Stake vs. Steak are easily confused words and homophones. The spell-check application in word processing software wouldn’t catch a usage mistake of these two words. As long as it’s a word and its spelled correctly, spell-check keeps on scanning the document.
Stake is a noun. It refers to a carved piece of wood, metal used as a crude weapon or cutting tool. In vampire legend, one way to kill a vampire is driving a wooden stake through their chest cavity. Stakes are also a historic means of claiming property, like the sooners of Oklahoma. Stake can also mean tense conditions involving high risk, as in gambling or the stock market. There’s a catchphrase used in these situations: “the stakes are high” or “the stakes have never been higher.”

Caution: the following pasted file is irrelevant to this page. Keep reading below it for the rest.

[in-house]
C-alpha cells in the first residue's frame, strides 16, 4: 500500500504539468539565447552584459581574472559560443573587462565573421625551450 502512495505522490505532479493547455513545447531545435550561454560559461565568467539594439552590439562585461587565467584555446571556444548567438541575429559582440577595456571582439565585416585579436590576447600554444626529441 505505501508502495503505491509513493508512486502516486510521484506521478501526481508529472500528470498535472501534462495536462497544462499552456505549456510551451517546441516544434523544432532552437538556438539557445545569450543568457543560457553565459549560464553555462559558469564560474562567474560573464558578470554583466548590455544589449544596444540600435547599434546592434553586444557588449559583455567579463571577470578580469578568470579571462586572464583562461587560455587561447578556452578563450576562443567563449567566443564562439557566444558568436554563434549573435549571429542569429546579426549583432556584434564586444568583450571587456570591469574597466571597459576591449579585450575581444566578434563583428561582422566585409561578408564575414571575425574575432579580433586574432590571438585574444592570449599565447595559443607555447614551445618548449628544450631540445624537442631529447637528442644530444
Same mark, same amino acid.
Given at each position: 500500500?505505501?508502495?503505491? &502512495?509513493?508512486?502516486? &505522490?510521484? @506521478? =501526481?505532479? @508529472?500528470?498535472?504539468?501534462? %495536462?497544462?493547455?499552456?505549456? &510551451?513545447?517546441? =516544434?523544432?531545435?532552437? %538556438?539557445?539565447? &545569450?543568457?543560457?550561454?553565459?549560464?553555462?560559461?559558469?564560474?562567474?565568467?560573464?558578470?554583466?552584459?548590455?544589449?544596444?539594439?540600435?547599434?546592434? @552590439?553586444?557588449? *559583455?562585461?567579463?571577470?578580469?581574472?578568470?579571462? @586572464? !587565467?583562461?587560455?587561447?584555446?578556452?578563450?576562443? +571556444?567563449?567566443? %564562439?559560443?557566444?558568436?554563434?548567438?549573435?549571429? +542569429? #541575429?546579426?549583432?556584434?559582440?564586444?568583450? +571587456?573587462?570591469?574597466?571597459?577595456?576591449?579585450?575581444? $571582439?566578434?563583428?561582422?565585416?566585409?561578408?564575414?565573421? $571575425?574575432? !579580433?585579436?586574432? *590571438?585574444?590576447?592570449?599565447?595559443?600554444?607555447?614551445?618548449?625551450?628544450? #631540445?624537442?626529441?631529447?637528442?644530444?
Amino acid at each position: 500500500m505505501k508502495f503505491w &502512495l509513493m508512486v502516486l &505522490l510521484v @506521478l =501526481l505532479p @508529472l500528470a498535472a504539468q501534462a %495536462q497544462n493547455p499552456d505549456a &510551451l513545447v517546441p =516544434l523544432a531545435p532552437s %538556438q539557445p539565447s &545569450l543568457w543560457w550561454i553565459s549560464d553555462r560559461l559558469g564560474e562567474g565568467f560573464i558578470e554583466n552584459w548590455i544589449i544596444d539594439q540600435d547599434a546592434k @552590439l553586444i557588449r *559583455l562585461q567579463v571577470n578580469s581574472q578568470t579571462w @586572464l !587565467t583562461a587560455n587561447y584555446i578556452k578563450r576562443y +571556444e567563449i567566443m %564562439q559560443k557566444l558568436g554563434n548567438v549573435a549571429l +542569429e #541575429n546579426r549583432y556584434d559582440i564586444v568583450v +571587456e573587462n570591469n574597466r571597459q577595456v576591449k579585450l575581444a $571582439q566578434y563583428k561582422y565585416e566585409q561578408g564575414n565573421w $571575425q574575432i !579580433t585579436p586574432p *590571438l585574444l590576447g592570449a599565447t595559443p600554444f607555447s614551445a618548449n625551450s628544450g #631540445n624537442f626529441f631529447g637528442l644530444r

Steak is also a noun. It refers to a slice of meat or fish that’s cooked by grilling, broiling, or frying. The cheaper the cut of meat, the more tenderizing, slow cooking, or both is needed to make it easy to eat.
The following sentence uses one meaning of both words correctly:
When dining out, it’s not a good sign if a stake is needed to cut your steak.